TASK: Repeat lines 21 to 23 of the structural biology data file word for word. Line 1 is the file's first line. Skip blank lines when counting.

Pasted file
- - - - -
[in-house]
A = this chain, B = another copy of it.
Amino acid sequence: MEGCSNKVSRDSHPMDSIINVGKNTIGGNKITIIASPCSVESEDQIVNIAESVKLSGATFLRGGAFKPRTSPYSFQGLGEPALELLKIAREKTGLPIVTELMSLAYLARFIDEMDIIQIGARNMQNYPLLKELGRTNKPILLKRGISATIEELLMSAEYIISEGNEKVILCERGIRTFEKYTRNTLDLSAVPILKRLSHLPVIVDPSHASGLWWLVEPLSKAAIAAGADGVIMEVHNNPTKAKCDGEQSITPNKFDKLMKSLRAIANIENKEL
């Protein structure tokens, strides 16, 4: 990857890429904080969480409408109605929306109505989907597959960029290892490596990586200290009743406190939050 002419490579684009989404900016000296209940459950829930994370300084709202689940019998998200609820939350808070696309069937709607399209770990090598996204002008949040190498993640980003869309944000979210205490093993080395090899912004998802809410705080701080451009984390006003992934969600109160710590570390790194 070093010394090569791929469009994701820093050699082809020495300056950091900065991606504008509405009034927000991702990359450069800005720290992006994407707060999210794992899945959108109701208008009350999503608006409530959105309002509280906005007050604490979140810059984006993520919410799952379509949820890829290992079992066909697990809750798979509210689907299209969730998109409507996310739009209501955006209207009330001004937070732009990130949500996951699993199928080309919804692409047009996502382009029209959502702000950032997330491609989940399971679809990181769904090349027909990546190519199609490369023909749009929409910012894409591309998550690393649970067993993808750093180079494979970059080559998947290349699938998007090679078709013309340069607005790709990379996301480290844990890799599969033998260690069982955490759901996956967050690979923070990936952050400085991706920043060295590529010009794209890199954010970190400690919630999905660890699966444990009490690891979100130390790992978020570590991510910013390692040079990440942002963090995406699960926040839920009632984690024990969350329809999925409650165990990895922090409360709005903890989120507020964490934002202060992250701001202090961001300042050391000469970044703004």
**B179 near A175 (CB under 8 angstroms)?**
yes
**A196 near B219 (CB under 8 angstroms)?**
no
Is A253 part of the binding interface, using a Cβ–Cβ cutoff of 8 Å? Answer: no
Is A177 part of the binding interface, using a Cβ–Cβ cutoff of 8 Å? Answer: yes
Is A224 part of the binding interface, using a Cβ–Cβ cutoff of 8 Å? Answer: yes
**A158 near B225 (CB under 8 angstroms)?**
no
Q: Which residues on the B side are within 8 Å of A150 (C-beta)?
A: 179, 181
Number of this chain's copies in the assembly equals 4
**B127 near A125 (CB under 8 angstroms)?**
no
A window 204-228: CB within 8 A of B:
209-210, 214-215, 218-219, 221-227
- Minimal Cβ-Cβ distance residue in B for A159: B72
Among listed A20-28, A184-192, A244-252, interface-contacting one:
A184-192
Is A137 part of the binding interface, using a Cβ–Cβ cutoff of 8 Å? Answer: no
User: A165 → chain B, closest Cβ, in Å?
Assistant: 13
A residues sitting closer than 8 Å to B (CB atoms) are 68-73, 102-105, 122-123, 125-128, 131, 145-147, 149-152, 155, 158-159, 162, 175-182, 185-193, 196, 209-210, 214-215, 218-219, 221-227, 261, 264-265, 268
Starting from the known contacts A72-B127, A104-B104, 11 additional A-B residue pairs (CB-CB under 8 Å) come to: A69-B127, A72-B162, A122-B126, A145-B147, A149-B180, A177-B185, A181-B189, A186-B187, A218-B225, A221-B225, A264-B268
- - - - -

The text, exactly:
- Minimal Cβ-Cβ distance residue in B for A159: B72
Among listed A20-28, A184-192, A244-252, interface-contacting one:
A184-192